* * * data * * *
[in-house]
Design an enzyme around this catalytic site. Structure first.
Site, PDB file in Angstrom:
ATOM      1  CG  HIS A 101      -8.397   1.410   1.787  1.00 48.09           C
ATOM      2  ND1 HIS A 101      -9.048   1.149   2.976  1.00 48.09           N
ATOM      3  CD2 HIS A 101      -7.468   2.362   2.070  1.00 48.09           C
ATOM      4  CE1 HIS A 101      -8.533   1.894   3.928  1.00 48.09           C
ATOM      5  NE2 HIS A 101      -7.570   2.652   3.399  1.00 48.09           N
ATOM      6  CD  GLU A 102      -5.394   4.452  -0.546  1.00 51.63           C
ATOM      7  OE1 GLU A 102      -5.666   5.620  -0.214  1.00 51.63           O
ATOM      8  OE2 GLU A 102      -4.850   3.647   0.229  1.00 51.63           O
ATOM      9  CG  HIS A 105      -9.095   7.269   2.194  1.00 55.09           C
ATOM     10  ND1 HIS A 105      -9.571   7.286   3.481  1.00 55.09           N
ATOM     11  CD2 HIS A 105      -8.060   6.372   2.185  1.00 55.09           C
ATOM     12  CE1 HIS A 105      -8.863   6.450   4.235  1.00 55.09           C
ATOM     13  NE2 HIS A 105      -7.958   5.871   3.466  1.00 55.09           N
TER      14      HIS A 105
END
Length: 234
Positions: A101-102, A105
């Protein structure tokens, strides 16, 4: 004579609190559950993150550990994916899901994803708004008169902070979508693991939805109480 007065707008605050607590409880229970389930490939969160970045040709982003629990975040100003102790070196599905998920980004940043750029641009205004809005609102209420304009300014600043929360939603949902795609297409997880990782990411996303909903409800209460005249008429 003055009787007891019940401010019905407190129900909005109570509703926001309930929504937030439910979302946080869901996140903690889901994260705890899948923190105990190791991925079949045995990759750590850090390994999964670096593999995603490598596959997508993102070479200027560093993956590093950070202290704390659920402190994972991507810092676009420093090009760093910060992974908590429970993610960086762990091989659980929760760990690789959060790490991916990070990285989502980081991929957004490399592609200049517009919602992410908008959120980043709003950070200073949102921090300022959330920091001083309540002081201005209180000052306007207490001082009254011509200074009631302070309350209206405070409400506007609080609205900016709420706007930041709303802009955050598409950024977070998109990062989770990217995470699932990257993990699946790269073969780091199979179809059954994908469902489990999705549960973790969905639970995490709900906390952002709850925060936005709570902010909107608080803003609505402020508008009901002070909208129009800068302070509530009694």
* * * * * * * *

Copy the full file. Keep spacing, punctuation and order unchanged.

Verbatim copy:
[in-house]
Design an enzyme around this catalytic site. Structure first.
Site, PDB file in Angstrom:
ATOM      1  CG  HIS A 101      -8.397   1.410   1.787  1.00 48.09           C
ATOM      2  ND1 HIS A 101      -9.048   1.149   2.976  1.00 48.09           N
ATOM      3  CD2 HIS A 101      -7.468   2.362   2.070  1.00 48.09           C
ATOM      4  CE1 HIS A 101      -8.533   1.894   3.928  1.00 48.09           C
ATOM      5  NE2 HIS A 101      -7.570   2.652   3.399  1.00 48.09           N
ATOM      6  CD  GLU A 102      -5.394   4.452  -0.546  1.00 51.63           C
ATOM      7  OE1 GLU A 102      -5.666   5.620  -0.214  1.00 51.63           O
ATOM      8  OE2 GLU A 102      -4.850   3.647   0.229  1.00 51.63           O
ATOM      9  CG  HIS A 105      -9.095   7.269   2.194  1.00 55.09           C
ATOM     10  ND1 HIS A 105      -9.571   7.286   3.481  1.00 55.09           N
ATOM     11  CD2 HIS A 105      -8.060   6.372   2.185  1.00 55.09           C
ATOM     12  CE1 HIS A 105      -8.863   6.450   4.235  1.00 55.09           C
ATOM     13  NE2 HIS A 105      -7.958   5.871   3.466  1.00 55.09           N
TER      14      HIS A 105
END
Length: 234
Positions: A101-102, A105
């Protein structure tokens, strides 16, 4: 004579609190559950993150550990994916899901994803708004008169902070979508693991939805109480 007065707008605050607590409880229970389930490939969160970045040709982003629990975040100003102790070196599905998920980004940043750029641009205004809005609102209420304009300014600043929360939603949902795609297409997880990782990411996303909903409800209460005249008429 003055009787007891019940401010019905407190129900909005109570509703926001309930929504937030439910979302946080869901996140903690889901994260705890899948923190105990190791991925079949045995990759750590850090390994999964670096593999995603490598596959997508993102070479200027560093993956590093950070202290704390659920402190994972991507810092676009420093090009760093910060992974908590429970993610960086762990091989659980929760760990690789959060790490991916990070990285989502980081991929957004490399592609200049517009919602992410908008959120980043709003950070200073949102921090300022959330920091001083309540002081201005209180000052306007207490001082009254011509200074009631302070309350209206405070409400506007609080609205900016709420706007930041709303802009955050598409950024977070998109990062989770990217995470699932990257993990699946790269073969780091199979179809059954994908469902489990999705549960973790969905639970995490709900906390952002709850925060936005709570902010909107608080803003609505402020508008009901002070909208129009800068302070509530009694």